AWS Enumeration – Part I (Where to start, Approaches and Tools)

This article is covering multiple ways to enumerate the resources within an AWS environment. We’ll explain how to perform enumeration, what you should look for, and multiple ways of doing it, both automated and manual.

1. What you should look for

First, the easiest way to identify attack vectors or misconfigurations is to perform a complete enumeration. This includes all the resources, permissions, and configurations.

However, not everything deserves the same attention. A higher focus should be put on services from which you can exfiltrate access credentials or on IAM resources that can lead to privilege escalation.

Additionally, you must know your goal. If you’re performing a cloud security configuration review, then you should focus on anything that can be improved, like encryption at rest or in transit, proper logging practices, and so on. Whereas, if you’re on a penetration testing/red team engagement, the previously mentioned aspects would not be of interest and the focus should be on practical exploitation.

2. Prerequisites

The ideal way to perform discovery and enumeration is by having read-only access over all the resources within the target account.

For this, there are two options:

  • The client provides a role with global read-only permissions that we will assume from our account
  • The client provides access to a user within the target account that has global read-only permissions

From these options, the simpler one for both parties is the role-based approach. For the second option, we would need to receive a set of access keys in order to perform checks from AWS CLI and automated tools.

There’s also the scenario where the client wants to simulate an insider threat and gives us the same level of access as another account, a case in which we might have both read and write permissions.

3 Manual discovery and enumeration

3.1Enumerate everything

A good approach, especially when you also want to improve your AWS knowledge, is to enumerate literally everything by using AWS CLI.

How can you do this? Well, an AWS CLI command has the next structure:

aws [options] <command> <subcommand> [parameters]

# For example:
aws --region eu-central-1 ec2 describe-instances --instance-ids $instance_id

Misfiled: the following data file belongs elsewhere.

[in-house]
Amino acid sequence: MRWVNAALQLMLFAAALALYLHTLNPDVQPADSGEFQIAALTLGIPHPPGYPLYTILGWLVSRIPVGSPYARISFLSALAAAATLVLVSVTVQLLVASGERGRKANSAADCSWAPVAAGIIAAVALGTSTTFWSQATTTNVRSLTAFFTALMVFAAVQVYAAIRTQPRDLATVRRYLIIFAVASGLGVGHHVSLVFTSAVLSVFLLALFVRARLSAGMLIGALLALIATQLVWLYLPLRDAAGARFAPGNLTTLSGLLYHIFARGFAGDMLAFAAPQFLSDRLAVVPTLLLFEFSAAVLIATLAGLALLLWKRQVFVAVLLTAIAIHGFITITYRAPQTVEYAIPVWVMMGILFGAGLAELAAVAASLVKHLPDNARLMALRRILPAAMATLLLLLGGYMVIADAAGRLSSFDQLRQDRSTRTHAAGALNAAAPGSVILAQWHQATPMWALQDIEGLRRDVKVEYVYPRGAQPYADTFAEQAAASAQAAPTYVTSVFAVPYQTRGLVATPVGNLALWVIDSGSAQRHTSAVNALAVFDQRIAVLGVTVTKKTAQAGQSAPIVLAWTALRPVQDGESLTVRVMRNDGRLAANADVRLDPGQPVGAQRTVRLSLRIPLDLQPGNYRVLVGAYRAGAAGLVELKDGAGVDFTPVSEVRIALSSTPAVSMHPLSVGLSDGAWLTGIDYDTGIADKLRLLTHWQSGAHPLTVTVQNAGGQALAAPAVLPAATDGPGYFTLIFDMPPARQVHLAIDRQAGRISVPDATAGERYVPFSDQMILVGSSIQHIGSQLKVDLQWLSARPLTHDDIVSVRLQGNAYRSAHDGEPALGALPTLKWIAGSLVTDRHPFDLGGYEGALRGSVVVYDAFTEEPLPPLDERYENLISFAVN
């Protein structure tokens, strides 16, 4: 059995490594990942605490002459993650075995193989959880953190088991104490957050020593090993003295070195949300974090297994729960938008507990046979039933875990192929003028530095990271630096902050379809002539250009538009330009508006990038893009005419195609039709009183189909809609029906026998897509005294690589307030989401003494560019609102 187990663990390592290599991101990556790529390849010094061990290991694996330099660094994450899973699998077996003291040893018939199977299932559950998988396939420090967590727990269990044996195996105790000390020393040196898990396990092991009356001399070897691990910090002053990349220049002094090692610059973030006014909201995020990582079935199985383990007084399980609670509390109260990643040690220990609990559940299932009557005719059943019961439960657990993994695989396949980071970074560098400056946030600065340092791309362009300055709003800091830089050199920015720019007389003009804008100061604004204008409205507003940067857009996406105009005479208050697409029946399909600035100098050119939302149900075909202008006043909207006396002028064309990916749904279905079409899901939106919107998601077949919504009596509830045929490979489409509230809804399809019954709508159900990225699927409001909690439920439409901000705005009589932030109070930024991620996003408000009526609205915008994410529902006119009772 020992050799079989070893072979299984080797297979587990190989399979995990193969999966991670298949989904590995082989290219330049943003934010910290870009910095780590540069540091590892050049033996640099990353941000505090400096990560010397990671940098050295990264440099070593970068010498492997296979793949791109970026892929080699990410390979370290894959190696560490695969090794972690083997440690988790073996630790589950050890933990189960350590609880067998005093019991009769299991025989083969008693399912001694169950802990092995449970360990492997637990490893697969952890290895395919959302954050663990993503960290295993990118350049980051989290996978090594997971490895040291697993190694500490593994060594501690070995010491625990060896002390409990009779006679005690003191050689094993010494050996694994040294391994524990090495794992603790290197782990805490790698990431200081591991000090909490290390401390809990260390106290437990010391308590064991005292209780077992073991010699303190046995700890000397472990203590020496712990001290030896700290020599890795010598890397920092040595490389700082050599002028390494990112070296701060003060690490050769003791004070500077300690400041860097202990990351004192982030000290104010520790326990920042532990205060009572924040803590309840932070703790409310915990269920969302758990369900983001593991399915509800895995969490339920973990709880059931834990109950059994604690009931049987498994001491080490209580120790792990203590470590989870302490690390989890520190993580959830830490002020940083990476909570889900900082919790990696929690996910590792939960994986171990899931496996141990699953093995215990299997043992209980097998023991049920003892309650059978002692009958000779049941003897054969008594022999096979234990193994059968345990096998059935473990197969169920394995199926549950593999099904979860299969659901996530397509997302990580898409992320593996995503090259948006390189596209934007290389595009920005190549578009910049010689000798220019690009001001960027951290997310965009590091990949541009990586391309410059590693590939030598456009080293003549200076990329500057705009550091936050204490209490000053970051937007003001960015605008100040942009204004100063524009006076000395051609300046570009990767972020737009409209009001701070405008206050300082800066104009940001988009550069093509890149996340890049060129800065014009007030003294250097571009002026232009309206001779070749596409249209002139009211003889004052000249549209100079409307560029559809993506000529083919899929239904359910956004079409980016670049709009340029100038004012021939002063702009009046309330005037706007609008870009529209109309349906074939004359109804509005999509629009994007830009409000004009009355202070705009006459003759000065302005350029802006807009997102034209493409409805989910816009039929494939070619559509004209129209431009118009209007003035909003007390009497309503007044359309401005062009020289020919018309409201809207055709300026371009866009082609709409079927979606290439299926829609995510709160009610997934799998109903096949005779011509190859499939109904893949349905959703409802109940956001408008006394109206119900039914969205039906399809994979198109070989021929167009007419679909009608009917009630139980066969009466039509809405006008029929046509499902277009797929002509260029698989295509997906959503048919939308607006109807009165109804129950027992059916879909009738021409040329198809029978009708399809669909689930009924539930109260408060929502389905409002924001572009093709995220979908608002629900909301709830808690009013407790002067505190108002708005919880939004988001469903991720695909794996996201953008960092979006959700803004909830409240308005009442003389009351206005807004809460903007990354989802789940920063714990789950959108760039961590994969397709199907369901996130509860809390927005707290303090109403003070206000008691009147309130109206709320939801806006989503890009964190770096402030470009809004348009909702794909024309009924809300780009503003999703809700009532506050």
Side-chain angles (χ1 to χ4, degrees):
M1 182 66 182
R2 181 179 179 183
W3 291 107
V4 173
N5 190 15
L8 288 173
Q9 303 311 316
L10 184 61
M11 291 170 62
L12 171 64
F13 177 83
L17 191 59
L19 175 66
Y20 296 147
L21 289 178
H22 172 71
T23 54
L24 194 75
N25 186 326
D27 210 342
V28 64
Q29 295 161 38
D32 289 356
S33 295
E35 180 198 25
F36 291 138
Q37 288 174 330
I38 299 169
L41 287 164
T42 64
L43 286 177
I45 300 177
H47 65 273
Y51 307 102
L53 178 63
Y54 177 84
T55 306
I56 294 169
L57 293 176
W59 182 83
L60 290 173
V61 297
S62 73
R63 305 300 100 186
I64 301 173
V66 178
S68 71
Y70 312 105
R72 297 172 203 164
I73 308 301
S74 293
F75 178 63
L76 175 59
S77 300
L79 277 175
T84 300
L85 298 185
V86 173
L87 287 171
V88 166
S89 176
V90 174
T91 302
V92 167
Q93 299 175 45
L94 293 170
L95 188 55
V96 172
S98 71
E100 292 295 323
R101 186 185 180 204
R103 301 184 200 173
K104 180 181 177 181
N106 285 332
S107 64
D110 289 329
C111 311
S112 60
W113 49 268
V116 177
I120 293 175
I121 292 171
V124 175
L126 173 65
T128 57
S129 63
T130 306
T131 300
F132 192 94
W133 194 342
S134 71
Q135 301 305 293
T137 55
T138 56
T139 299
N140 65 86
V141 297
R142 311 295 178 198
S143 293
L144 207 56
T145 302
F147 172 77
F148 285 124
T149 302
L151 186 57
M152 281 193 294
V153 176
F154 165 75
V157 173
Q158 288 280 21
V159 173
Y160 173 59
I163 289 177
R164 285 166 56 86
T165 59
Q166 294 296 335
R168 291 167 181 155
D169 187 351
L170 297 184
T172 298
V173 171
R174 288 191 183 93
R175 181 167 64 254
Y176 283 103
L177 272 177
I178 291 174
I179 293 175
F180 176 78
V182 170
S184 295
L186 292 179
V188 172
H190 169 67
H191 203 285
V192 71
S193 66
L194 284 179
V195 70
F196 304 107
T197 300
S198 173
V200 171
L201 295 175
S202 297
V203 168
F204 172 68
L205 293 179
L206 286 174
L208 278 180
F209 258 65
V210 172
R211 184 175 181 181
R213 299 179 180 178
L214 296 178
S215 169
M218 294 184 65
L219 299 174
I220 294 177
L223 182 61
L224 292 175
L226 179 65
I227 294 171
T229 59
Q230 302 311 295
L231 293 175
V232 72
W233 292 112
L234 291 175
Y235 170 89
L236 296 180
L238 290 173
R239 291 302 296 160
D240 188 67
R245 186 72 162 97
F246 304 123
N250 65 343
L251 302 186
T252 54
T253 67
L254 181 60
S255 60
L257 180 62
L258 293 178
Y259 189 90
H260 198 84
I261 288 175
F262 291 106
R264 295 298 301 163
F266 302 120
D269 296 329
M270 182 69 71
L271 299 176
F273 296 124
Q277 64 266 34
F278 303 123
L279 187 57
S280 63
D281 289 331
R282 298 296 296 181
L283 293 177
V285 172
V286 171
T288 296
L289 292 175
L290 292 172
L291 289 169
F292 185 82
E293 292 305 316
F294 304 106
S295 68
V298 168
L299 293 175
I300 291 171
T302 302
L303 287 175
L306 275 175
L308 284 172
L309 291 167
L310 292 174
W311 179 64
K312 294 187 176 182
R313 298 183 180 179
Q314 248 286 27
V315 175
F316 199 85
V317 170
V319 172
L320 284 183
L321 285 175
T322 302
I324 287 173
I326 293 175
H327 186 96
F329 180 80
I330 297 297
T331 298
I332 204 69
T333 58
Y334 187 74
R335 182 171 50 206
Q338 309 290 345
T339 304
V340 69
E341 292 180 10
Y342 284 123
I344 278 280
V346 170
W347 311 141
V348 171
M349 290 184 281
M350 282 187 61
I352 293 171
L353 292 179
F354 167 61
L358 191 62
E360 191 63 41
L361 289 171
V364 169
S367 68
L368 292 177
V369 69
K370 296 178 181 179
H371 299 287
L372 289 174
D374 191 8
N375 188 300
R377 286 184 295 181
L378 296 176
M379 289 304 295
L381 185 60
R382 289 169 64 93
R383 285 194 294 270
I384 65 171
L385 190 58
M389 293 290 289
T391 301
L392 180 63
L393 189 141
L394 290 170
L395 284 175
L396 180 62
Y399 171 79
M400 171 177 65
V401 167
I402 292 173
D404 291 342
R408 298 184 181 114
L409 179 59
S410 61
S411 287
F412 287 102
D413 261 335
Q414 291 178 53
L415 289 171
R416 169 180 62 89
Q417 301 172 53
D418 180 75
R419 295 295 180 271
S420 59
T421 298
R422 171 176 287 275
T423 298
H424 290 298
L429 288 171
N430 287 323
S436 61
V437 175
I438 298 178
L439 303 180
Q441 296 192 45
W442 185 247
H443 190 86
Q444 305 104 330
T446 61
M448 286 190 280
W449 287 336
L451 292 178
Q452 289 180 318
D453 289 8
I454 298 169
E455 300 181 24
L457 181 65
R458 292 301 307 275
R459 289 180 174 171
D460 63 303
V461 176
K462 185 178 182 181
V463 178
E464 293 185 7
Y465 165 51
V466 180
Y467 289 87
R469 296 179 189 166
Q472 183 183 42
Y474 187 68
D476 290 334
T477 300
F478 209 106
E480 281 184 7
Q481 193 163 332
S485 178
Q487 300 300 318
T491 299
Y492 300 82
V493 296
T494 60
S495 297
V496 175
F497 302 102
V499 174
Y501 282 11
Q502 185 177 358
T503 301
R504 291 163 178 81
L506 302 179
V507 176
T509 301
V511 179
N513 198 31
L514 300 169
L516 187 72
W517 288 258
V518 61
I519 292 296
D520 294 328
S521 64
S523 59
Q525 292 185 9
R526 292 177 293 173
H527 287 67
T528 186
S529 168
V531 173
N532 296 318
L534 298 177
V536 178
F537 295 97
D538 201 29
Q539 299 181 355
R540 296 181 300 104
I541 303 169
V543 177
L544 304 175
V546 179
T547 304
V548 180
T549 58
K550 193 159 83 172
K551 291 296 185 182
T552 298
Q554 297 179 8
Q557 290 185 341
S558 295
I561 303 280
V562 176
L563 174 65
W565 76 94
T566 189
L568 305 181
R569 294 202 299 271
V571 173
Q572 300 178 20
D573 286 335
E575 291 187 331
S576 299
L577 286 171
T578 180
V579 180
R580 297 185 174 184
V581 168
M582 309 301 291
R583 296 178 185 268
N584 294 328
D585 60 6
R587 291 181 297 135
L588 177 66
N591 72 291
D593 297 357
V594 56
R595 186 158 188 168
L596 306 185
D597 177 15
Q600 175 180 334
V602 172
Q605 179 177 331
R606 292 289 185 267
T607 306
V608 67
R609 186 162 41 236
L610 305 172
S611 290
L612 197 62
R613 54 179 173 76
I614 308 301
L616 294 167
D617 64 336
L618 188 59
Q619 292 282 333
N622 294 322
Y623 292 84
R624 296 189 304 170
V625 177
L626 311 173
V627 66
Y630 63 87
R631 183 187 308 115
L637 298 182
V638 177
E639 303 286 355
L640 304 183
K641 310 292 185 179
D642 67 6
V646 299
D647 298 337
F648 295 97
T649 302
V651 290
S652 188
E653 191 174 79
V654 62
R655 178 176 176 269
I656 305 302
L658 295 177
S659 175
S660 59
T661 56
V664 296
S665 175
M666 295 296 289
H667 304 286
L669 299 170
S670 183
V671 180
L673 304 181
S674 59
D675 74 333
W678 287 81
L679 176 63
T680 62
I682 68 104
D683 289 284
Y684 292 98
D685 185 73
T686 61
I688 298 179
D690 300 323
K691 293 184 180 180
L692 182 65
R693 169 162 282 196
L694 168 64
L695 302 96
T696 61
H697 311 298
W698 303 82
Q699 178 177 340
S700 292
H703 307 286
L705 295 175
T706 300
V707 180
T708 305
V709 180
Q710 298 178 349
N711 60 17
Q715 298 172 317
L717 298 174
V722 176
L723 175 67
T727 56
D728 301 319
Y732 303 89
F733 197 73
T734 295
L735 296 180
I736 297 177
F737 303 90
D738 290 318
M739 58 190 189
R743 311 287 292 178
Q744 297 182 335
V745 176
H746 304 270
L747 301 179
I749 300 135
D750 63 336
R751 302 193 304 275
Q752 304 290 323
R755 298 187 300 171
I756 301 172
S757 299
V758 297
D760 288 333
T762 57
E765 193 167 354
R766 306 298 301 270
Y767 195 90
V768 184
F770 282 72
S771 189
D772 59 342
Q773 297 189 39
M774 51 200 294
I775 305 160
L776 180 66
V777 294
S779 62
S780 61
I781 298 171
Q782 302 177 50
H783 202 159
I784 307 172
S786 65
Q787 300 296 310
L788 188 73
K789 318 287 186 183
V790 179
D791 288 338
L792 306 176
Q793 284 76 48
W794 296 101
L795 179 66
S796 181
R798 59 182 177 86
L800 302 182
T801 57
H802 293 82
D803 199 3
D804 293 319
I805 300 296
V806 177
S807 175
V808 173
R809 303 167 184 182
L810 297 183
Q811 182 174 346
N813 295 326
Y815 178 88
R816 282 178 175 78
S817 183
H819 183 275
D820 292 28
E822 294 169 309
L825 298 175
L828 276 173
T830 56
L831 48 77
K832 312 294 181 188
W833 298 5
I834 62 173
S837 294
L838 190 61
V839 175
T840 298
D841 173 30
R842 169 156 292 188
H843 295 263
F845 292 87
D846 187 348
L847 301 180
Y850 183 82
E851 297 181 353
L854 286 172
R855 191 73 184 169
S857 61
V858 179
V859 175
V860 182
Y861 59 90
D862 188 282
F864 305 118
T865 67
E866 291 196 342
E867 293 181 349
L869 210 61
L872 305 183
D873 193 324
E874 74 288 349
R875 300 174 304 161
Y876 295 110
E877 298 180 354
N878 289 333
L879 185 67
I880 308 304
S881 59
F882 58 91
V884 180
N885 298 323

Every command and subcommand has good documentation that can be accessed appending help at the end of the command.

# get general help, list global parameters and list services
aws help

# get subcommands available to a certain service
aws ec2 help

# get details about parameters available, 
# examples and more for a certain subcommand
aws ec2 describe-instance help

So, if you’re new to AWS and don’t know where to start, just type aws help and see the list of available services.

List of services from AWS CLI

Next, choose a service or just take each one at a time and start the enumeration. There are 3 keywords available for every service that are pointing to an enumeration subcommand: describe, list, and get. The exception is the s3 service which uses ls as a subcommand for enumeration.

Nonetheless, just choose a service and hit aws service help. Now, look for subcommands that contain “describe”, “list” and “get”. Let’s do an example with Lambda Functions.

Lambda enumeration commands

In the above screenshot, we got a list of the commands that we can use to enumerate the Lambda service. Note that some subcommands will require information already gathered in order to enumerate. For example, by running list-functions we’ll get the list of lambda functions. Based on this information we can enumerate further with other commands like get-policy.

One trick to simplify the process is to directly run the subcommand. If you’re missing arguments, the AWS CLI will return an error and specify what mandatory parameters you should feed.

Mandatory parameters for subcommand

This process is very time-consuming but is helping you to better understand what AWS has to offer, what you should enumerate, and what are the common services that you can prioritize in the next engagement.

The last thing to keep in mind is that some AWS resources are region dependent, meaning that if you configured your AWS CLI on eu-central-1 and that resource is created in us-east-1, then you would not be able to identify it without mentioning the right region.

In part II of this article, we’ll provide a list of the most useful enumeration commands based on the service’s importance and the risk that a misconfiguration can bring there.

3.2 CIS Benchmarks

You can use the CIS benchmarks to go through some of the most common and of interest services in order to see what the target is using.

Although these resources are better for performing a cloud configuration review if you have limited experience with AWS this would help you to get started. The benchmark is especially useful for learning because it details the risk, but also provides remediation solutions.

References:

  • CIS Amazon Web Services Foundations Benchmark v1.4.0